Ok, so our neophilia is shallow. But isn't it rather harmless? Why criticise the iPod-owning masses for their love of gadgets?
The problem, says Mr Edgerton, is we slip into a sort of boyish excitement about new technology, associating inventions with when they were invented rather than how they are used.
The result is to overlook the importance of longstanding "technologies" that are impacting on billions of people's lives - paper, cement, steel, for example.
"We conflate invention with the stuff that's actually in use and that's dangerous because invention doesn't actually change anything. It's only when things come into widespread use that they have widespread effects."
Some 28m sold, but from a different technological age
What better example with which to hammer home his point than Ikea's Billy bookcase - 28 million sold, and counting.
Bill Gates may be the world's richest man by some estimations, but not far behind him is Ingvar Kamprad, founder of the global furniture giant. And while Mr Gates has made his billions from new, digital technologies, Mr Kamprad owes it all to a decidedly modern twist on an utterly familiar technology: furniture... much of it wooden.
Ikea is proof that when it comes to capturing the consumers' imagination, the old, masquerading in funky colours, with slick Scandinavian design and a dash of savvy marketing, can appear to be new. But, as with the book, who pauses to wonder at the significance of wooden furniture?
The same, says Mr Edgerton, goes for corrugated iron, a technology that dates back to the 19th Century but continues to have a massive impact in the developing world as a ready housing material.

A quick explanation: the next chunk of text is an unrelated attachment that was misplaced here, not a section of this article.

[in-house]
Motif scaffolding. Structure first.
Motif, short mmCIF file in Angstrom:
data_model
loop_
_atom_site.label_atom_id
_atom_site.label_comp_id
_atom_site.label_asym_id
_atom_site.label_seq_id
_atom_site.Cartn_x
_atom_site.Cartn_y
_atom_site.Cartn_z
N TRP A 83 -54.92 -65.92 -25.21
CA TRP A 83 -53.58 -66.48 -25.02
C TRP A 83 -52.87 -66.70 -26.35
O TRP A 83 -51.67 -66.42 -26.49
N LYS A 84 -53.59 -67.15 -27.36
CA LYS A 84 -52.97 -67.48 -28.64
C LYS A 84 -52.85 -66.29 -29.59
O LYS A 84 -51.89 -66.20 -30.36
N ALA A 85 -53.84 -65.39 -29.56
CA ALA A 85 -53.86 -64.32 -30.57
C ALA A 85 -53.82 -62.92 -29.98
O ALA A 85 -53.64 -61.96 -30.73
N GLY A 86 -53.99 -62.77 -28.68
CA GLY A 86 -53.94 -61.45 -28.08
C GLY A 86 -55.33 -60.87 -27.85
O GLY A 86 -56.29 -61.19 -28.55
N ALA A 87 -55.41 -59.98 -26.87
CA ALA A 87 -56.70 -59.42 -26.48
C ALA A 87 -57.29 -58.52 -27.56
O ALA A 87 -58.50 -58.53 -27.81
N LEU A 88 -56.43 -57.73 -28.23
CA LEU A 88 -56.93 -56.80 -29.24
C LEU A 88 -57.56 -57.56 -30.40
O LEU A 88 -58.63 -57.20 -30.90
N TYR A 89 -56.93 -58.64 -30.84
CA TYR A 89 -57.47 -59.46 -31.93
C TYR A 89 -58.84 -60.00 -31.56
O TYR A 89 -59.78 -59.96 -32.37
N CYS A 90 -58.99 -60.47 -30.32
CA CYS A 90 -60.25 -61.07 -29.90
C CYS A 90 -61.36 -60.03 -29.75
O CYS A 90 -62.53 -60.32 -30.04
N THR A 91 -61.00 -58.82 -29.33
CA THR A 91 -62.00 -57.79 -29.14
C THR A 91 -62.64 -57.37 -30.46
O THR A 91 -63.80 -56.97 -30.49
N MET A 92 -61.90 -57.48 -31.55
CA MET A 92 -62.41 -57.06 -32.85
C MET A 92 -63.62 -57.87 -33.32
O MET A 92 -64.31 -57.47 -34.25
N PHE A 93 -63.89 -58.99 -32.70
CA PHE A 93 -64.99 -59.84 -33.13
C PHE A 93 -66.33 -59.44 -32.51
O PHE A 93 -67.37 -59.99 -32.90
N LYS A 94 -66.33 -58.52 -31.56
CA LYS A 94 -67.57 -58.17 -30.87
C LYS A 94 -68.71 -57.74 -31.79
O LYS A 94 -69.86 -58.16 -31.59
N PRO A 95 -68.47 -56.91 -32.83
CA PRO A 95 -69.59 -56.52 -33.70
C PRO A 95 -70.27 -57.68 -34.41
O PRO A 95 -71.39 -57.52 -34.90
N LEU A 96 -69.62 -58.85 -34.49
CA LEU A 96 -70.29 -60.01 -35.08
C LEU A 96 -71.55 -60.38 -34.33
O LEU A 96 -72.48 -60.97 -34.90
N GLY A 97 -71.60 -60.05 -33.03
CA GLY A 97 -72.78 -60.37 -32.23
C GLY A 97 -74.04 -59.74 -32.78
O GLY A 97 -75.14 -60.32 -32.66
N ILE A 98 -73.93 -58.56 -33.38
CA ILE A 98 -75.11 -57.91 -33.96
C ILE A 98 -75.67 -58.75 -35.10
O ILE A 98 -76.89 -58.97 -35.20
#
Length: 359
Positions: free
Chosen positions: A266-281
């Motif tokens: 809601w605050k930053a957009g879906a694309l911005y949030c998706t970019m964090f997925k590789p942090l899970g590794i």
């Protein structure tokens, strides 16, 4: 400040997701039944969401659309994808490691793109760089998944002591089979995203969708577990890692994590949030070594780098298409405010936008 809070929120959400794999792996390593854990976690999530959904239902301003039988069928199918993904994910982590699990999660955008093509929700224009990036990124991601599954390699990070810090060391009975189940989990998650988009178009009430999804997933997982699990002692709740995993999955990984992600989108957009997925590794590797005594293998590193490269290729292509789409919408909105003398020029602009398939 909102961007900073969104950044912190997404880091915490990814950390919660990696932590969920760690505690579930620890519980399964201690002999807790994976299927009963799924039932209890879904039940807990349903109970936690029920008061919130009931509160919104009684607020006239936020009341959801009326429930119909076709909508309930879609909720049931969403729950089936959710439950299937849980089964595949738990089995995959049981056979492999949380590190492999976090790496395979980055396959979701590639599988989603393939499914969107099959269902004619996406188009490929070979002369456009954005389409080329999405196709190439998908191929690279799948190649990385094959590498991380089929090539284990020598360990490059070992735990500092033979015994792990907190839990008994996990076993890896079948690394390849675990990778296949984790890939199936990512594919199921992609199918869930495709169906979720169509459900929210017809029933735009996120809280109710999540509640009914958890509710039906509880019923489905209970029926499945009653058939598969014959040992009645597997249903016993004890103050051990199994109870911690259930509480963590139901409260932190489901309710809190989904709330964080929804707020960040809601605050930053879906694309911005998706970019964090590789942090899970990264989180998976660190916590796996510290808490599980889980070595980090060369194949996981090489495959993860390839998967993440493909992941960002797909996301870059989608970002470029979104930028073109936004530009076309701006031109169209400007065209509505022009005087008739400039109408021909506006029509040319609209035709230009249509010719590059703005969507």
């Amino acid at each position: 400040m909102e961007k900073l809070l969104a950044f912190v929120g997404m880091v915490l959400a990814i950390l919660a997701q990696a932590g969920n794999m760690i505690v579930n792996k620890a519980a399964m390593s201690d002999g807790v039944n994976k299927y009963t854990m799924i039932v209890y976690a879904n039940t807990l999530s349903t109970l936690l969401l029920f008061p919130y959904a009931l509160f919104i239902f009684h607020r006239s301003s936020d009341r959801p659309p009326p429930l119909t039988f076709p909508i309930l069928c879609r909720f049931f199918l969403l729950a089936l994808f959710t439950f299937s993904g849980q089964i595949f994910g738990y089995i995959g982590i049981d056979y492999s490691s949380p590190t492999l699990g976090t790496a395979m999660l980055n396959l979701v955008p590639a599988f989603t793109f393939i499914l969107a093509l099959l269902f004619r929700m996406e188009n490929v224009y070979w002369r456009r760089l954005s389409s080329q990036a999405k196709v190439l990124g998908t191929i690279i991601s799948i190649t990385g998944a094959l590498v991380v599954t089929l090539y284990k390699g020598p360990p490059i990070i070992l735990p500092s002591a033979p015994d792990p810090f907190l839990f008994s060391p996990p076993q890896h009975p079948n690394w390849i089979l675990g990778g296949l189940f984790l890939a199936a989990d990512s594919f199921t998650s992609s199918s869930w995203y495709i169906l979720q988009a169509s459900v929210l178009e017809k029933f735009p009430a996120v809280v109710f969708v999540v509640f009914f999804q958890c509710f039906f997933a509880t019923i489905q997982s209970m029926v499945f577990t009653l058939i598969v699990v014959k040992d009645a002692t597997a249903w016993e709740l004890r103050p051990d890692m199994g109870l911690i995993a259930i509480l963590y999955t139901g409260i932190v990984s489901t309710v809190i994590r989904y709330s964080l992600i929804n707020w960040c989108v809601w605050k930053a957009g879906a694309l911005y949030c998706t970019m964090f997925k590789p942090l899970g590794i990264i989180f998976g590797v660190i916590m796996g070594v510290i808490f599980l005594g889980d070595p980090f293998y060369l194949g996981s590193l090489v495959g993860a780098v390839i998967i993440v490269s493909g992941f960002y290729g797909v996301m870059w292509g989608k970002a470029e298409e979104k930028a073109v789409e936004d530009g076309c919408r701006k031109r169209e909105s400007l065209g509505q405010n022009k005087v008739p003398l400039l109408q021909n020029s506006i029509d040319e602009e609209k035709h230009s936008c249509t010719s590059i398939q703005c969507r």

Cultural commentators often hark back to the "naïve futurism" of the 1950s and 60s - all hover boards and holidays in space - as proof that society has a more realistic, post-modern, view of what the future holds.
But, Mr Edgerton says, our current scepticism of science goes hand-in-hand with a belief that science will make for a better world. With global warming we are looking to future technologies to reduce carbon emissions, for example.
Corrugated iron has a global impact
"We are consumed by beliefs that new technology will make the world better or, through technologies such as genetic modification, it will make the world worse. The truth isn't in between, it's elsewhere.
"You need to look not just at the technologies that are being talked about but those technologies that are in use. We mustn't rely on childish fairly tales of what might be."
While his broad attack is something of a sideswipe at our fetishising of gadgets, it is more sharply focused on the emphasis government and business put on new technology, through cash investment and the constant emphasis on research and development.
For all the joy his MP3 player brings him, today's man on the Clapham bendy-bus still desires a stylish bookcase to house his collection of novels. But it's worth noting how the inventors of the iPod - Steve Jobs and Jonathan Ive - have a celebrity-like status among many today. Who, if anyone, could name the inventor of the Billy bookcase?
The Shock of the Old: Technology in Global History Since 1900, by David Edgerton, is published by Profile Books.
Add your comments on this story, using the form below.